Shells are one of the three parts of a machine: The shell defines the methods
to interact with the machine. For Linux, the shell will usually be
tbot.machine.linux.Bash, a shell implementation for interacting
tbot does not impose any restrictions on how a shell interface is supposed to
look like. It does make sense to keep it close to existing implementations
though, as long as that is feasible. Look at the
LinuxShell class for inspiration.
A lot of shells have an
.interactive() method which allows accessing the
machine’s console directly. This works similar to a terminal-emulator like
picocom or screen. The default testcases
using this mechanism, for example.
- class tbot.machine.shell.Shell¶
- abstract _init_shell() ContextManager ¶
Initialize this shell.
An implementation of this method should return a context manager that, when entered, waits for the shell to appear on the channel and sets up any necessary options. This might include deactivating line-editing, disabling the history, etc.
The most comfortable way to implement this is using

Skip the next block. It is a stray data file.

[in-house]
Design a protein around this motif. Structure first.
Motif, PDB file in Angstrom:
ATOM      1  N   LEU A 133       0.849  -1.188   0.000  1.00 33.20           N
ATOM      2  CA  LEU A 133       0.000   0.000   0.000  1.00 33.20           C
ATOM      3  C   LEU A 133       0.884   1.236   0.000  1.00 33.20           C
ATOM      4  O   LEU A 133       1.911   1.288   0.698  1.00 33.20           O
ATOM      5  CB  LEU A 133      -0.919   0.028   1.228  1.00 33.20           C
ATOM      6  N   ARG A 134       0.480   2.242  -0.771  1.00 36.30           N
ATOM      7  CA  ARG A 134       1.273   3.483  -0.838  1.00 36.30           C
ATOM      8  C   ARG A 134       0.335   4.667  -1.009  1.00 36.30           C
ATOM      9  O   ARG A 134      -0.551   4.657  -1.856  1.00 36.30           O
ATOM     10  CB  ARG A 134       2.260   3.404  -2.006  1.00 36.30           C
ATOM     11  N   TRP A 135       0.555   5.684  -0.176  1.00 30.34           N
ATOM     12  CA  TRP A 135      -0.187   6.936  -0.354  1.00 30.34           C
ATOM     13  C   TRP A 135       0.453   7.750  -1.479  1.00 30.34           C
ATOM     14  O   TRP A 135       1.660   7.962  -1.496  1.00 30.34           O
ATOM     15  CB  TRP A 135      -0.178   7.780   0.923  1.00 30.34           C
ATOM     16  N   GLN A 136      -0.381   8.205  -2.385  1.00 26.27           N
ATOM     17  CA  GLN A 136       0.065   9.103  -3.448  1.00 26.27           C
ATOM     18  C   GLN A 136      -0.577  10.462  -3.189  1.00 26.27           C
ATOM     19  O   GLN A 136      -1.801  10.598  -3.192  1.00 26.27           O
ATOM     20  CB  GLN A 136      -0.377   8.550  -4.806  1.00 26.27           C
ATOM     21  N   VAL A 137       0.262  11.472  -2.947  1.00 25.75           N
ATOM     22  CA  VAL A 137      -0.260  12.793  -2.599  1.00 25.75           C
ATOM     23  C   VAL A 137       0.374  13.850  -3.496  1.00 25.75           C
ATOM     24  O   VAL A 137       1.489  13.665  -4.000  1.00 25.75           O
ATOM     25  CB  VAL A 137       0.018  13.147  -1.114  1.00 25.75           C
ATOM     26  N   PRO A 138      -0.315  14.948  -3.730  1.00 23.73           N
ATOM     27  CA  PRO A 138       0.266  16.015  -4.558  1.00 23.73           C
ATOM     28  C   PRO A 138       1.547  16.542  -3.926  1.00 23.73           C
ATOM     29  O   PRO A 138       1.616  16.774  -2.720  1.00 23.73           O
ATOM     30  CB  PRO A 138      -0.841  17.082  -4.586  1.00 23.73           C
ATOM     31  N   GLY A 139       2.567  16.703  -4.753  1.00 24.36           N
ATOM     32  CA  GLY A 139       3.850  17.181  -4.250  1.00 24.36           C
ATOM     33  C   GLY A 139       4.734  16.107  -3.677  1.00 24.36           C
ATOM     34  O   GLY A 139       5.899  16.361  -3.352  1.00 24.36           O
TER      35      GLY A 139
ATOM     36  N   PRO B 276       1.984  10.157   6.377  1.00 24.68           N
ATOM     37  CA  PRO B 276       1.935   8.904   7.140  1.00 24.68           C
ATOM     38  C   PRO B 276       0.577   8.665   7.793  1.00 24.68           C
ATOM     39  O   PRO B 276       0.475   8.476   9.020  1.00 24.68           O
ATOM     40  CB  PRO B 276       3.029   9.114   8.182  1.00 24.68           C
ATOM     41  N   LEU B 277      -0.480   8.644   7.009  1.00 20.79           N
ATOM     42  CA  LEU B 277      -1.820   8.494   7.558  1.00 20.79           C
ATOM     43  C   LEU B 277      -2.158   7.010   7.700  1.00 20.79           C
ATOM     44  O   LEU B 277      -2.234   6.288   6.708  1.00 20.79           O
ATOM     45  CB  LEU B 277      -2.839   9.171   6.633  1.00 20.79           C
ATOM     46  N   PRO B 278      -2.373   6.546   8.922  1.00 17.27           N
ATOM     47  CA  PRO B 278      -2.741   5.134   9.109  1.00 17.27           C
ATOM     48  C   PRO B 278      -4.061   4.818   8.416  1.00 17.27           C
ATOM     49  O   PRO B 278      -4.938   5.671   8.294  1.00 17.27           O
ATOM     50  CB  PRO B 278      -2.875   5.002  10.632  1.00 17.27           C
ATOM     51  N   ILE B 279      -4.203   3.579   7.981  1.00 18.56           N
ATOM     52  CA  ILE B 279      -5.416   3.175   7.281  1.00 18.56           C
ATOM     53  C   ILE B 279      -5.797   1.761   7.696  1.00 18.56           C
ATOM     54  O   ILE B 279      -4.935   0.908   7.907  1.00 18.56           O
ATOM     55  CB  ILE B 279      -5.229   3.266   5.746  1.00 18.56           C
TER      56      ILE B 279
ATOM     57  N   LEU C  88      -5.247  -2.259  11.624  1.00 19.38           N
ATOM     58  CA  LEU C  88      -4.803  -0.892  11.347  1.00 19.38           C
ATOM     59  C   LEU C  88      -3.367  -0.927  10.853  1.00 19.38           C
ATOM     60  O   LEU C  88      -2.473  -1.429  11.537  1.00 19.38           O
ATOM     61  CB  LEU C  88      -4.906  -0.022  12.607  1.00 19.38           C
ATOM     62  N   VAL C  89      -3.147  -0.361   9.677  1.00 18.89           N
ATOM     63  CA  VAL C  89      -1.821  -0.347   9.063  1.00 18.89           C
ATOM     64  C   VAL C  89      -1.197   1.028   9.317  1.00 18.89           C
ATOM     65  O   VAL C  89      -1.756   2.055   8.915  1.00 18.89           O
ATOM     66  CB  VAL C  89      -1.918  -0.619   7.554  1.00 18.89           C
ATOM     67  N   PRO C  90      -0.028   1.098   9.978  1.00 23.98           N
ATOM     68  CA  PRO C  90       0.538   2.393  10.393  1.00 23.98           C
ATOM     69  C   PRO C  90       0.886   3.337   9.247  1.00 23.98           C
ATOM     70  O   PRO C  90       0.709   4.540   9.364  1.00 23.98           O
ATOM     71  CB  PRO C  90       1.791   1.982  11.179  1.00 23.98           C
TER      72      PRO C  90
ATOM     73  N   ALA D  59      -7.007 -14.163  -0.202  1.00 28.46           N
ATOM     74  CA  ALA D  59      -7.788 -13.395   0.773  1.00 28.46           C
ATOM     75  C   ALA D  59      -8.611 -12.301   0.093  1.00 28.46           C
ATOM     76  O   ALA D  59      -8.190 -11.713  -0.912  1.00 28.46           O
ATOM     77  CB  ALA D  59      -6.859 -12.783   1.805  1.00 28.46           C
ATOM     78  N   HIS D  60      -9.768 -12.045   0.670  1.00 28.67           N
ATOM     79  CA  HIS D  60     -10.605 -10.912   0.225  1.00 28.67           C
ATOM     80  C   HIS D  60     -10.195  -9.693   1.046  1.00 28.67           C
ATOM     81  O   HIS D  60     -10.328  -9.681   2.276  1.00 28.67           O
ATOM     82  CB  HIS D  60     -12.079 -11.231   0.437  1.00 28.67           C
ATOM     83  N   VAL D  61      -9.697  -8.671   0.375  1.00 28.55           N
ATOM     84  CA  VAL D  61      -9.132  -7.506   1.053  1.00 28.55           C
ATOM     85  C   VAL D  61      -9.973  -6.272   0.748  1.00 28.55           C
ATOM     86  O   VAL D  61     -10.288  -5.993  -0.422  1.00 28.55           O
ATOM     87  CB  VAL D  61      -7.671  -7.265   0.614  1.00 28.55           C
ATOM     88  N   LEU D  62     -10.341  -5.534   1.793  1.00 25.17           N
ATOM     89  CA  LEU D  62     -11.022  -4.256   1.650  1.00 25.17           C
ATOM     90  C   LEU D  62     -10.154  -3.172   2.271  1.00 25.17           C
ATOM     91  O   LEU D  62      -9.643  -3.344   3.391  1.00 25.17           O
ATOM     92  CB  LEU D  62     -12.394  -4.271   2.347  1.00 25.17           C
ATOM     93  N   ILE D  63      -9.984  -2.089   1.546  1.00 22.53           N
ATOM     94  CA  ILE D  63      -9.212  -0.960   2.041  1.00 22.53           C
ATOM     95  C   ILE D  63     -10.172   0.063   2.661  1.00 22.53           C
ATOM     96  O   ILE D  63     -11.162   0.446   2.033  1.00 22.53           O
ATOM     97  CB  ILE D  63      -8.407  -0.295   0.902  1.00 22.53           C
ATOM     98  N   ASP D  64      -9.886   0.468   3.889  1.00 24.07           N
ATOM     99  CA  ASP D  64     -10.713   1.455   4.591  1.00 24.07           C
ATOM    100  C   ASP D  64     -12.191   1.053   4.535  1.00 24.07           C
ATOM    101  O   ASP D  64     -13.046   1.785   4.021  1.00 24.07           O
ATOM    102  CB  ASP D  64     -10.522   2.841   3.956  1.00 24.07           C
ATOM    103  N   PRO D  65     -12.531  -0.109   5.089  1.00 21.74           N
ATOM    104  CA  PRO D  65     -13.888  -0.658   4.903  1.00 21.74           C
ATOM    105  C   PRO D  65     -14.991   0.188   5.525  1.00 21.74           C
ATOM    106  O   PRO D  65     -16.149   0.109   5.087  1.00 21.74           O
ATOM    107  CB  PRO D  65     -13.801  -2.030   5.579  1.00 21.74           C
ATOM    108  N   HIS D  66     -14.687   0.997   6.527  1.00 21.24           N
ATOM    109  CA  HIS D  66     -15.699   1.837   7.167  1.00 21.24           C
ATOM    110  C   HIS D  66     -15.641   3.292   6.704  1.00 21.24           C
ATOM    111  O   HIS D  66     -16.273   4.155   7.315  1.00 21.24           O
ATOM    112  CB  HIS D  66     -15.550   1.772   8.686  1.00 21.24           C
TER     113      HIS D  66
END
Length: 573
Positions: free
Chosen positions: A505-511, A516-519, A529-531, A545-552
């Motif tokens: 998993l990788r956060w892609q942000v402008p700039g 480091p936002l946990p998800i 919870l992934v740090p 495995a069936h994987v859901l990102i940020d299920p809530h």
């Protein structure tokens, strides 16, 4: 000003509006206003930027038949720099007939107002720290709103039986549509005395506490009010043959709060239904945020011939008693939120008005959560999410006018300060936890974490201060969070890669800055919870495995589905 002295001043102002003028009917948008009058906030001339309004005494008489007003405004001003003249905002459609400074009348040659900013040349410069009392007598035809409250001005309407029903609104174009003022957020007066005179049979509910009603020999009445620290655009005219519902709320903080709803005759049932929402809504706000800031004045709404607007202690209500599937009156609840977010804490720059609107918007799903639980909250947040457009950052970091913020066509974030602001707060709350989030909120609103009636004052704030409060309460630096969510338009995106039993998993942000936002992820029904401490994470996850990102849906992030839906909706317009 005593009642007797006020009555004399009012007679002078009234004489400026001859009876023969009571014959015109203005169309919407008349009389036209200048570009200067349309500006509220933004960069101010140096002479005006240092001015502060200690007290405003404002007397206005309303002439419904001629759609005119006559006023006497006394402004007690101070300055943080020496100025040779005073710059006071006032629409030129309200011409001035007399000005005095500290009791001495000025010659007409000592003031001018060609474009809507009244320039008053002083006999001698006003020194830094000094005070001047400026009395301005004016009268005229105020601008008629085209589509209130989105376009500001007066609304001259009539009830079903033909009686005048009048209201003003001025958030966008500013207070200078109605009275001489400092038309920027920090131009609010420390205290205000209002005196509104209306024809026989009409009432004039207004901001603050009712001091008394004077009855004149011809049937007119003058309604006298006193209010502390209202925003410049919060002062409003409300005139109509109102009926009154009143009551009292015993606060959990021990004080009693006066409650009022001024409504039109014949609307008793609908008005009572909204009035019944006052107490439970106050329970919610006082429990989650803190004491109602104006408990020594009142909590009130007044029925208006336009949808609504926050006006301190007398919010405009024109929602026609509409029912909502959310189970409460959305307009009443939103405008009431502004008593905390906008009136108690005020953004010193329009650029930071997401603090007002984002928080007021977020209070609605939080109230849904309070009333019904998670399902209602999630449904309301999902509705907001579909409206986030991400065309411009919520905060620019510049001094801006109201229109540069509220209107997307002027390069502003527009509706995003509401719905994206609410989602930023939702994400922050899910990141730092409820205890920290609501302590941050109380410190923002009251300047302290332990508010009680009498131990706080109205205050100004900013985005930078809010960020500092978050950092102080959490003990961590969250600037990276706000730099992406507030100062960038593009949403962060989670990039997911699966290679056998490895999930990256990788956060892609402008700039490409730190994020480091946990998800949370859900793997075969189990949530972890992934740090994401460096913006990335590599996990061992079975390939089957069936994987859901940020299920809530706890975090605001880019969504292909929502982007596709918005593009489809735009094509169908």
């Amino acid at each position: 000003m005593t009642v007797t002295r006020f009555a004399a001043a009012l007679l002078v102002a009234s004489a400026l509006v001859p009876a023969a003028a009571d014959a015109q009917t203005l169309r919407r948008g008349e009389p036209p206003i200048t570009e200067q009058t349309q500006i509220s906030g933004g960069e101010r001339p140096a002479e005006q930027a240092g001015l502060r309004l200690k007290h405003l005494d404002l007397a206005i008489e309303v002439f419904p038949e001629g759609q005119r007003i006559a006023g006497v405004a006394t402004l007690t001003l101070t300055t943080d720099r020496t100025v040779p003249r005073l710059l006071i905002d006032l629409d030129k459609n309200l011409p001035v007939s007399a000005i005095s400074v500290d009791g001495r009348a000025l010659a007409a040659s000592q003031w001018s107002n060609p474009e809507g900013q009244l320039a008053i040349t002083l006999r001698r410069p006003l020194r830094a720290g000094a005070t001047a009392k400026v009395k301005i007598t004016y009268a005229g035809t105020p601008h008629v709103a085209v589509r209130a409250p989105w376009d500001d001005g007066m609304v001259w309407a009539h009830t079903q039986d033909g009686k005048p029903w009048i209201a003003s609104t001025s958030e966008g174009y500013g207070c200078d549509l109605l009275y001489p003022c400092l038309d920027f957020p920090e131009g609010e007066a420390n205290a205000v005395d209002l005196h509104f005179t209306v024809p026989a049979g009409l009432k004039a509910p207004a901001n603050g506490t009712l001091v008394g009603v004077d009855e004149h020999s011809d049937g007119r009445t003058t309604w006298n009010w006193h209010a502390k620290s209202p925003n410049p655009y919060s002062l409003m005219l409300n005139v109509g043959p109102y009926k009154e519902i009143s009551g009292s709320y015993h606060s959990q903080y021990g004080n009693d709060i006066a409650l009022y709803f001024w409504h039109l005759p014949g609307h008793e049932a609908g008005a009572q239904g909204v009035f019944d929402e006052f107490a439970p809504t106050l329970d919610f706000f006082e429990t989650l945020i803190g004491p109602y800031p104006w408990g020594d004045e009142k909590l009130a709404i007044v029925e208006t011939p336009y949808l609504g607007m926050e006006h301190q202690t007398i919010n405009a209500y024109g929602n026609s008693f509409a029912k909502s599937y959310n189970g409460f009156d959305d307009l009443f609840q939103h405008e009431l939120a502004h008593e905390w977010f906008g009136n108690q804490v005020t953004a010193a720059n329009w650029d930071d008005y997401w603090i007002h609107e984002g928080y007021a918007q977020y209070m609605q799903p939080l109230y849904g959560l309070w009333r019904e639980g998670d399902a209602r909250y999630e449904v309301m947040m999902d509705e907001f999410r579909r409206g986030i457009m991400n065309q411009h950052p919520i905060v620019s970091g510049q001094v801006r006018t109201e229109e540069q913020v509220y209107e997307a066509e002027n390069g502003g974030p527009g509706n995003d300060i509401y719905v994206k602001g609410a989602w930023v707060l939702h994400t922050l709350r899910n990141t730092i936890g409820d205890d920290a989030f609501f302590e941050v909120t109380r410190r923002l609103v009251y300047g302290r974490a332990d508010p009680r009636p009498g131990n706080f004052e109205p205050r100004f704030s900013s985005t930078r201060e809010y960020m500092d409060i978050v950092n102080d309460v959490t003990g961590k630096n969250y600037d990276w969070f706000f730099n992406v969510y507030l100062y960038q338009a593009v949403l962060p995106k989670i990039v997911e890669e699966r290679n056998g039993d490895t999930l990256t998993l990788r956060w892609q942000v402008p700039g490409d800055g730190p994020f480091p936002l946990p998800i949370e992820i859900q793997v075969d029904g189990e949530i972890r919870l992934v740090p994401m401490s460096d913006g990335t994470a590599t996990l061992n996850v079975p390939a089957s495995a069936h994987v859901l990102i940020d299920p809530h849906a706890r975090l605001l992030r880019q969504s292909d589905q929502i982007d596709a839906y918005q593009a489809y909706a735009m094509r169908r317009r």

class Shell(tbot.machine.shell.Shell): @contextlib.contextmanager def _init_shell(self): try: # Wait for shell to appear ... # Setup options ... yield None finally: # Optionally destruct shell ...
- abstract exec(*args: Any) Any ¶
Run a command using this shell.
This is the only “common” interface tbot expects shells to implement. The exact semantics of running commands are up to the implementor. This especially includes the return value.
.exec()should take the command as one argument per command-line token. For example:
mach.exec("echo", "Hello", "World")
The return value should in some way be related to the “output” of the command. For
execreturns a tuple of the return code and console output:
- class tbot.machine.shell.RawShell¶
Absolute minimum shell implementation.
RawShellattempts to be a minimal shell implementation. It does not make any assumptions about the other end. It is used, for example, for raw board-console access which allows debugging before U-Boot is fully working.
- exec(*args: str) None ¶
" ".join(args)to the machine’s channel.
exec()implementation has no way of reading back the command output.